Lazarus E, Winchester E. Tailoring a nutrition plan to your patient. Presented at: Obesity Medicine Association 2022 Digital Experience; May 18-21, 2022 (hybrid meeting).
Lazarus reports serving as a speaker and advisor for Currax Pharmaceuticals, a speaker for Nestle and Novo Nordisk, and a consultant for Rhythm Pharmaceuticals. Winchester reports no relevant financial disclosures.
Patient-centered strategies and a teamwork approach with registered dieticians may benefit the creation of tailored dietary interventions for treating obesity, said a speaker at the Obesity Medicine Association Spring Conference.
“The treatment of obesity is not simple, and we need a whole village to help support our patients through this journey … you can’t do it yourself,” Ethan Lazarus, MD, FOMA, owner of the Clinical Nutrition Center, president of the Obesity Medicine Association and delegate of the AMA, said during the presentation.
Before deciding on a nutrition plan, Erin Winchester, RDN, a dietitian nutritionist at the Clinical Nutrition Center and a professional chef at the Cordon Bleu Institute, asks the patient what change they think they could implement reasonably, easily and consistently for a long period of time. Patients and providers should keep in mind that the nutrition plan will vary as time goes on and differs from patient to patient.
“You are not marrying this diet,” Winchester said. “We can always make changes.”
There are several established diet plans, such as the Mediterranean diet, ketogenic diet, paleo diet and intermittent fasting. However, there is no need to prescribe just one diet approach. A combination of several can be pursued depending on what works best for the patient, according to Winchester.
Lazarus and Winchester described the four streamlined food plans they use at the Clinical Nutrition Center: individualized, advanced, modified fast and meal replacement. The plans can be modified for each patient.
The individualized program is the most flexible and involves an “exchange” style nutritional intervention. This program may be more suitable for patients who want to make small changes to their diet, according to Winchester. It emphasizes portions from different food groups. The number of calories consumed with this plan is typically greater than 1,200 per day.
The advanced program is somewhat more restrictive than the individualized program, Winchester said. It involves lower carbohydrate consumption (70 g to 100 g per day), protein (80 g to 120 g per day), non-starchy vegetables, fruits and dairy with no other starches, limited fat and an individualized consumption goal that is typically around 1,200 calories per day.
Modified fast program
A modified fast program emphasizes protein (80 g to 120 g per day). Meanwhile, it greatly decreases carbohydrate consumption to less than 50 g per day. The program excludes most dairy and fruit products and often uses a partial meal replacement. In total, this plan involves 800 to 1,000 calories per day for most patients.
Meal replacement program
This program employs meal replacements designed to meet 100% of the recommended dietary allowances for micronutrients. This does not include protein shakes, Winchester said. Usually, the program sets a calorie goal of 800 to 1,500 per day based on the patient’s BMI. Most often, patients have a solid meal for dinner of lean protein and non-starchy vegetables, with meal replacements consumed at breakfast and lunch.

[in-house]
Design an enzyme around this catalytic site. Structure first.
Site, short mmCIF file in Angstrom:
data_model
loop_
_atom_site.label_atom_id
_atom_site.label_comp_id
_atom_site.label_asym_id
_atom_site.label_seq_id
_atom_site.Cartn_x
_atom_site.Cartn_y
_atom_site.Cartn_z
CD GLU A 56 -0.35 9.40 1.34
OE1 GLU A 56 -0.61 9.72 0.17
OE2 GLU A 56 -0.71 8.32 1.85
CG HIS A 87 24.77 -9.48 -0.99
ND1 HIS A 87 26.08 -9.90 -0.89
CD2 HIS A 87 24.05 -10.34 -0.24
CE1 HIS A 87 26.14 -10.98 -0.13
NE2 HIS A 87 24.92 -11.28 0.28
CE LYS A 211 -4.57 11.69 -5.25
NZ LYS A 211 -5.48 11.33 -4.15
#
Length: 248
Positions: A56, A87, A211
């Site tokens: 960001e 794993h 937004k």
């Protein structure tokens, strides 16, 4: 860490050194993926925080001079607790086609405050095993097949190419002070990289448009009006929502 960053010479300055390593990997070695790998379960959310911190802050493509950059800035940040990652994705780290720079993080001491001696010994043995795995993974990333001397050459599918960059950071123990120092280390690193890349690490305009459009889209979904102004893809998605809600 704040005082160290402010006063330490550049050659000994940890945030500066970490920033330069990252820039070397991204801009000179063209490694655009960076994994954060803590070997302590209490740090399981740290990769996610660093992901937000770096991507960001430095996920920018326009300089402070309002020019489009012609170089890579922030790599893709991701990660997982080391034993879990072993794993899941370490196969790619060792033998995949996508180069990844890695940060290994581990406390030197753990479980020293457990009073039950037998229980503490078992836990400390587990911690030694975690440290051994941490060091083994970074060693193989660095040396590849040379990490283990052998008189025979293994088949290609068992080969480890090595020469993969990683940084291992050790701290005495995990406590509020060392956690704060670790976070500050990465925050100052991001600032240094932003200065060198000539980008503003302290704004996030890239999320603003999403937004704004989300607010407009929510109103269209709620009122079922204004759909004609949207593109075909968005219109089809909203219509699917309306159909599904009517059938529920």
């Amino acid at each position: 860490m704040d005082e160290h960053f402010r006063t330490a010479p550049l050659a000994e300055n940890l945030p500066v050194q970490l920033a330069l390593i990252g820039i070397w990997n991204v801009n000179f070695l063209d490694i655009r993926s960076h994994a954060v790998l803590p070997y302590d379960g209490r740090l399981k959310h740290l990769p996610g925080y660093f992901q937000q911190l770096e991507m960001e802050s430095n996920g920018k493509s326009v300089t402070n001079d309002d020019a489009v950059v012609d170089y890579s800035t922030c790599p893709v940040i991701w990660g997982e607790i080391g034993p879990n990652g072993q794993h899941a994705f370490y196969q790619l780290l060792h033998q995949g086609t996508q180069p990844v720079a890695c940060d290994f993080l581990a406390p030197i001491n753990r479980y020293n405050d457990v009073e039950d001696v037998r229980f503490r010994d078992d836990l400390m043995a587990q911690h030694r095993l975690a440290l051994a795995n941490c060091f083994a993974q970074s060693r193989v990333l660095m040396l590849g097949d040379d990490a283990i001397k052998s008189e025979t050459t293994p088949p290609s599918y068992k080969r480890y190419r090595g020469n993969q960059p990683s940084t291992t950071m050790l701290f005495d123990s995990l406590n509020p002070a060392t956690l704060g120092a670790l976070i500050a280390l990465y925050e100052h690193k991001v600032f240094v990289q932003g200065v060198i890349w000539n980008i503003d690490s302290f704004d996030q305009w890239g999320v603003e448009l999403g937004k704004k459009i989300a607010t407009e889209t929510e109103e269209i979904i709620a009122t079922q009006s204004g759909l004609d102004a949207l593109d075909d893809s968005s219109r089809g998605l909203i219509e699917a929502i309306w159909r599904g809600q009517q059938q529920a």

Patients on a more intense food plan, such as the full meal replacement program, will eventually want to transition back to more conventional foods, according to Winchester. Food variety should be increased in a stepwise fashion while monitoring total daily calories. Treatment, support, accountability and regular exercise are important to continue while increasing food variety in order to maintain weight loss.
At the Clinical Nutrition Center, Lazarus typically requires patients to have a pre-visit with a registered dietician team member prior to any clinical visits with him.
“By the time they come to see me … they have a pretty good idea what they are getting into, and this isn’t all new information,” Lazarus said.
The more intense the treatment plan, the more weight loss the patient will achieve, according to Lazarus. Yet, the lesser intensity plans allow for more food variety for patients to choose from. During a patient’s weight loss journey, more intense food plans can be laddered on, in addition to medication, to achieve the patient’s desired weight loss goal.
However, “how we start matters,” Lazarus said. Discussing goals with patients can impact which program is implemented first.
In addition, longer visits (30 minutes or more per visit instead of 15 minutes), have enabled Lazarus to “actually treat” patients instead of simply prescribing medication. Frequent communication can be conducted via telehealth and in person.
An in-office registered dietician is not necessarily required to create an effective nutrition plan, Lazarus said. Patients can be monitored with other skilled team members, such as nutritionists, social workers or nurses, in addition to out-of-office referrals. Typically, patients visit the Clinical Nutrition Center in a 3:1 ratio: three visits with a registered dietician and one visit with a physician for medical monitoring. These visits can be spaced out as the patient’s treatment plan progresses.
“You can medically manage your patients with whatever resources you have,” Lazarus said.